Dr. Neil Spector, MD, one of the country’s top oncologists and a cancer researcher at Duke University School of Medicine, describes his painful near-death experience with Lyme disease in the recently published memoir Gone in A Heartbeat: A Physician’s Search for True Healing (2015). He speaks with candor and a unique perspective as a medical professional struggling to be heard by his own doctors. Uncertain when he was infected, Dr. Spector first began having health issues, including arrhythmia and arthritis pain, in the early 1990s, but despite being native to a highly endemic area for Lyme, it took many more years to have a positive diagnosis for the disease. The diagnosis was confirmed in 1997 and Dr. Spector received three months of intravenous antibiotics but was left with a severely weakened heart. It took almost 12 more years until he received a life-saving heart transplant for Dr. Spector to begin restoring his health and the damage done to his body by the parasite.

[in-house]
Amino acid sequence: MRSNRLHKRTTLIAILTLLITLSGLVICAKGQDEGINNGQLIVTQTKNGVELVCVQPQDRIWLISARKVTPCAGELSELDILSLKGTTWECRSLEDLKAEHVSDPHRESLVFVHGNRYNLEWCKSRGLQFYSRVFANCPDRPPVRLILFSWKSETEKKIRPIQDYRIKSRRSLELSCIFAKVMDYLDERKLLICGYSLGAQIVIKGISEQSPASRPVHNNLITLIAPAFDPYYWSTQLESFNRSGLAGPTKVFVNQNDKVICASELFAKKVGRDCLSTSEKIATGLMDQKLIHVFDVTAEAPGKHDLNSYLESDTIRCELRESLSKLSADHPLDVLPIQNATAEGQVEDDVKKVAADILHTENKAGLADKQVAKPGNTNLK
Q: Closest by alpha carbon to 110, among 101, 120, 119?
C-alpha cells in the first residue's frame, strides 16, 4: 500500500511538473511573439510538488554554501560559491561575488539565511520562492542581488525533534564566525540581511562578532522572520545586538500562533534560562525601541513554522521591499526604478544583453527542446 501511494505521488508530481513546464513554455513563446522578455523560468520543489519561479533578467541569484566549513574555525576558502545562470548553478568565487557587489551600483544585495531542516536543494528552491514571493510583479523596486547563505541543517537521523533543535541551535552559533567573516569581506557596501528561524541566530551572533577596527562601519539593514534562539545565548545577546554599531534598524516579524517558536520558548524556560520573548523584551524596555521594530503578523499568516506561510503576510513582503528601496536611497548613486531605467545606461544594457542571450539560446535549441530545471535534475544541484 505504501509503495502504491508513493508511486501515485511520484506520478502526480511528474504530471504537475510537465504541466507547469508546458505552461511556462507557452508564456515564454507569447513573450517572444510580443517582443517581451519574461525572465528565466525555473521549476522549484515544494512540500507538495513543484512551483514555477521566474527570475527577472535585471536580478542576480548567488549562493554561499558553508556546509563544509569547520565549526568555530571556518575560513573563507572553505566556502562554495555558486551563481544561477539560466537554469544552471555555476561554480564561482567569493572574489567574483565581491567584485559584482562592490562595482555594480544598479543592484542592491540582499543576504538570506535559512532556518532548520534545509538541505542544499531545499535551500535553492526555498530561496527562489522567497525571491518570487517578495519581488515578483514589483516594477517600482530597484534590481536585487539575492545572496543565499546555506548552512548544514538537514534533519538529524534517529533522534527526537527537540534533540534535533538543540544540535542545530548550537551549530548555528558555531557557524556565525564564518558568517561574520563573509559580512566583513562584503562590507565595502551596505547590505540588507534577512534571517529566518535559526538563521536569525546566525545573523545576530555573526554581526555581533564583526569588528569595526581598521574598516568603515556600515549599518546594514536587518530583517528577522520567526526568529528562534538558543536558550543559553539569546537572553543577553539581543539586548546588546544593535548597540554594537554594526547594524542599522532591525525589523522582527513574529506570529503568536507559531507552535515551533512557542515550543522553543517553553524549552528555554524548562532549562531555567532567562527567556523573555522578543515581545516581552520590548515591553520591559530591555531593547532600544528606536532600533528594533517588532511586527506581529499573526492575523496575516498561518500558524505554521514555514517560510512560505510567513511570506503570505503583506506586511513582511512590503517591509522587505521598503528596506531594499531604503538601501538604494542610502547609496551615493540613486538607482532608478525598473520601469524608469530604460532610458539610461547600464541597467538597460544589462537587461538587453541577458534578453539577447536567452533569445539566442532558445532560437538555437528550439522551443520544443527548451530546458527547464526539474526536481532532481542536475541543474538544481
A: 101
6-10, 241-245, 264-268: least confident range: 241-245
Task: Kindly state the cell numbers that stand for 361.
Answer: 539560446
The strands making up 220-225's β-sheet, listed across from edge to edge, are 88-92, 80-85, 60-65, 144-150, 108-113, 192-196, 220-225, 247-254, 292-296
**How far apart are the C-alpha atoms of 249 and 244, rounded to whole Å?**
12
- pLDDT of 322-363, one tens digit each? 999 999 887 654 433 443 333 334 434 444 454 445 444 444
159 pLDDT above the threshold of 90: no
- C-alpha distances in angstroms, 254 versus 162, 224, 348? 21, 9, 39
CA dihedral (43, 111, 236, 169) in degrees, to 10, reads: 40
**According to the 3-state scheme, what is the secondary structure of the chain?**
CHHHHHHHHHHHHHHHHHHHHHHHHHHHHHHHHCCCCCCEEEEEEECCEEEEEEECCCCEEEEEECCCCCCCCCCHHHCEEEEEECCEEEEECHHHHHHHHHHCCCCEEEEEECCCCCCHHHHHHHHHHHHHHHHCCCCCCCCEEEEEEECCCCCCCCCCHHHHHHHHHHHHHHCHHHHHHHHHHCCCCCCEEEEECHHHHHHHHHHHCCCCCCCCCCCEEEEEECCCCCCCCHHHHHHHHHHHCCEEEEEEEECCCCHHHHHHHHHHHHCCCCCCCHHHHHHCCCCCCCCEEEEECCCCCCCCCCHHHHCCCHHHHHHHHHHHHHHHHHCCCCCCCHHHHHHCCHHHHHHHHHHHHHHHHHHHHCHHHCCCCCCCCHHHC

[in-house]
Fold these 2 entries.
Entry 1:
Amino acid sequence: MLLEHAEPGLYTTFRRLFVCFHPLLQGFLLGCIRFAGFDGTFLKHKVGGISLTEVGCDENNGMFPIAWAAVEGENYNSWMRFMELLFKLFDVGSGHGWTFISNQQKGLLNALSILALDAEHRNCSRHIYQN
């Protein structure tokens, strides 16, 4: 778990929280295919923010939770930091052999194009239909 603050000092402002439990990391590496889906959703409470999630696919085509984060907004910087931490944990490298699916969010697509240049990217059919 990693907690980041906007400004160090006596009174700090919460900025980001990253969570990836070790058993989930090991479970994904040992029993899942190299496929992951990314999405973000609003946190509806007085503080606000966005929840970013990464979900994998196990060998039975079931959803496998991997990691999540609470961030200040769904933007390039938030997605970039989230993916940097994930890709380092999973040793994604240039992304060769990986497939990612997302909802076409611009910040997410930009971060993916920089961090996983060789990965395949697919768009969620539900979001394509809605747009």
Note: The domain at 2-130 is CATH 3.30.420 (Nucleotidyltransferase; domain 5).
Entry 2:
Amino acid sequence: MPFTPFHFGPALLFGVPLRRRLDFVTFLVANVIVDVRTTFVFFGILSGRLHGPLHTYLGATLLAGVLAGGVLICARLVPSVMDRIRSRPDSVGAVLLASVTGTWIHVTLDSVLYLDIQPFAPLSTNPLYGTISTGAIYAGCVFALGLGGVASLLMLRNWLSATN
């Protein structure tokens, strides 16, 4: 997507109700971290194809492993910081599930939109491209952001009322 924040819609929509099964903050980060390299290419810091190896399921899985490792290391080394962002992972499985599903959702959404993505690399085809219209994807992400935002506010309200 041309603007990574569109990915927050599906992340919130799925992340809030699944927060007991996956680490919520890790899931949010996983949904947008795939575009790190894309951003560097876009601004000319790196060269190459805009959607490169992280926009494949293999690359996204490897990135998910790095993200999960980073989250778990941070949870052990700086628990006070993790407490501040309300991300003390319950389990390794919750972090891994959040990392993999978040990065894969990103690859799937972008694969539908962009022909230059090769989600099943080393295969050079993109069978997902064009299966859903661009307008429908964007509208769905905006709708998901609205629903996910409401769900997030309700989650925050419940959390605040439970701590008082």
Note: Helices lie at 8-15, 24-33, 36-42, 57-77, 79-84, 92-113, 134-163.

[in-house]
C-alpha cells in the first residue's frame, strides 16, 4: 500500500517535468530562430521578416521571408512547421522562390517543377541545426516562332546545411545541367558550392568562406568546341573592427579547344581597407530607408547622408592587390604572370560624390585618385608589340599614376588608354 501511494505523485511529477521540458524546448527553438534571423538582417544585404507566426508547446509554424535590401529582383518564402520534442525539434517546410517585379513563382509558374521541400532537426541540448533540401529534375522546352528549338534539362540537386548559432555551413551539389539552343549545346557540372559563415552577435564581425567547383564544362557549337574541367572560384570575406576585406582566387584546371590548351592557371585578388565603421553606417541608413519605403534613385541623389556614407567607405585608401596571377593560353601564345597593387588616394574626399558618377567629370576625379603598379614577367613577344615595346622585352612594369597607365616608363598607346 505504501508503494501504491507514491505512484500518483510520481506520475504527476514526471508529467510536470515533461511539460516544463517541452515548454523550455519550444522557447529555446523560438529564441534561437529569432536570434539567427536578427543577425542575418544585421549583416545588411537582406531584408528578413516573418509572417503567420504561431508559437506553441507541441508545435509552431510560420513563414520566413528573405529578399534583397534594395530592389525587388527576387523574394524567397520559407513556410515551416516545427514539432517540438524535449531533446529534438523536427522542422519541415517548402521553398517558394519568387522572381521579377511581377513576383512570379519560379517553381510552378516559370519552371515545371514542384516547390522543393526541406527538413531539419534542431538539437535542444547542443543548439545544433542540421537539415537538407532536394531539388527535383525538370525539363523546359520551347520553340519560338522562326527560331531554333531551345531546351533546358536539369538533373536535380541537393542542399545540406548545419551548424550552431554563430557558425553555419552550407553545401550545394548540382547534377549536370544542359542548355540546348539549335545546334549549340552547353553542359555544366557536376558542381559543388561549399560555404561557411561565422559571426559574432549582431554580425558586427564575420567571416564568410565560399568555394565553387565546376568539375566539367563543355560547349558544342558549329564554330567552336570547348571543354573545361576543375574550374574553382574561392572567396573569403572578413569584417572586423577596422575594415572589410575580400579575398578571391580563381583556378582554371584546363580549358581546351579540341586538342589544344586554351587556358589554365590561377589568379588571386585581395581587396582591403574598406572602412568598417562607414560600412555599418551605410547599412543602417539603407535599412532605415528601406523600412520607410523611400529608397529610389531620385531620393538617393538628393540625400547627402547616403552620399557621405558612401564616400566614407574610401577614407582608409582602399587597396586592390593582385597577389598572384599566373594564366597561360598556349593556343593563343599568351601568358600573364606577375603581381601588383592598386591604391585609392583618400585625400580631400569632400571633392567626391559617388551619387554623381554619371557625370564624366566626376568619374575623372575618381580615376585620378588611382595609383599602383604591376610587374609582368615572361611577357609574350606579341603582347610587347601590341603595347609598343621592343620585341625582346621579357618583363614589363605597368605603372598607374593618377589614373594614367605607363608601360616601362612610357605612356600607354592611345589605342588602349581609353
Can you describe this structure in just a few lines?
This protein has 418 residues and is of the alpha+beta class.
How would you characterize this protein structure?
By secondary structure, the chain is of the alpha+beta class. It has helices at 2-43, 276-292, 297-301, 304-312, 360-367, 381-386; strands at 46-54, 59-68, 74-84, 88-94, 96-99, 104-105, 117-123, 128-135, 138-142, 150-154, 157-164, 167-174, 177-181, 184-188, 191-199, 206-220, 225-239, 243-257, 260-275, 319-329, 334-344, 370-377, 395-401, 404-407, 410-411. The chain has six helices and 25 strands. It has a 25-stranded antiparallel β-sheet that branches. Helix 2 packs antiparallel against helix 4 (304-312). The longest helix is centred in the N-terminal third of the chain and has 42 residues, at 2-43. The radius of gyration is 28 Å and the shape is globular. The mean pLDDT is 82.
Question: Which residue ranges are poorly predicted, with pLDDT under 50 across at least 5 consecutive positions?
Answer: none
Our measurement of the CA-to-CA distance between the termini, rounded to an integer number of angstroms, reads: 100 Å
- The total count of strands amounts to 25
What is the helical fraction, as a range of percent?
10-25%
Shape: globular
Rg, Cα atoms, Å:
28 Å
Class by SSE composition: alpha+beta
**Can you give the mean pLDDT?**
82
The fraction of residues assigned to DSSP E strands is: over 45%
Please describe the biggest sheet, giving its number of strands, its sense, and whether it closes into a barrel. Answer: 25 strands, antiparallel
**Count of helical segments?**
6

You can find Dr. Spector’s book, Gone in a Heartbeat here. In this July 2015 interview with Diane Rehm (and Bay Area Lyme Foundation researcher Dr. John Aucott) on The Diane Rehm Show, he explains his motives for writing the book:
“I wanted to write my book, one, because I realized that there were other people out there who are suffering, and there’s a lot more that we don’t know than we know about this disease and that there are people who don’t fit the classic mold of a bull’s-eye rash and a tick bite and that I’m an example of somebody who is a physician scientist who was dismissed as being stressed when in fact I had a serious, life-threatening infection that almost took my life.”
Listen here for the full discussion with Drs. Aucott, Spector, Sunil Sood (Southside Hospital North Shore LI Pediatrics), and Paul Roepe (co-director for the Center for Infectious Disease at Georgetown University).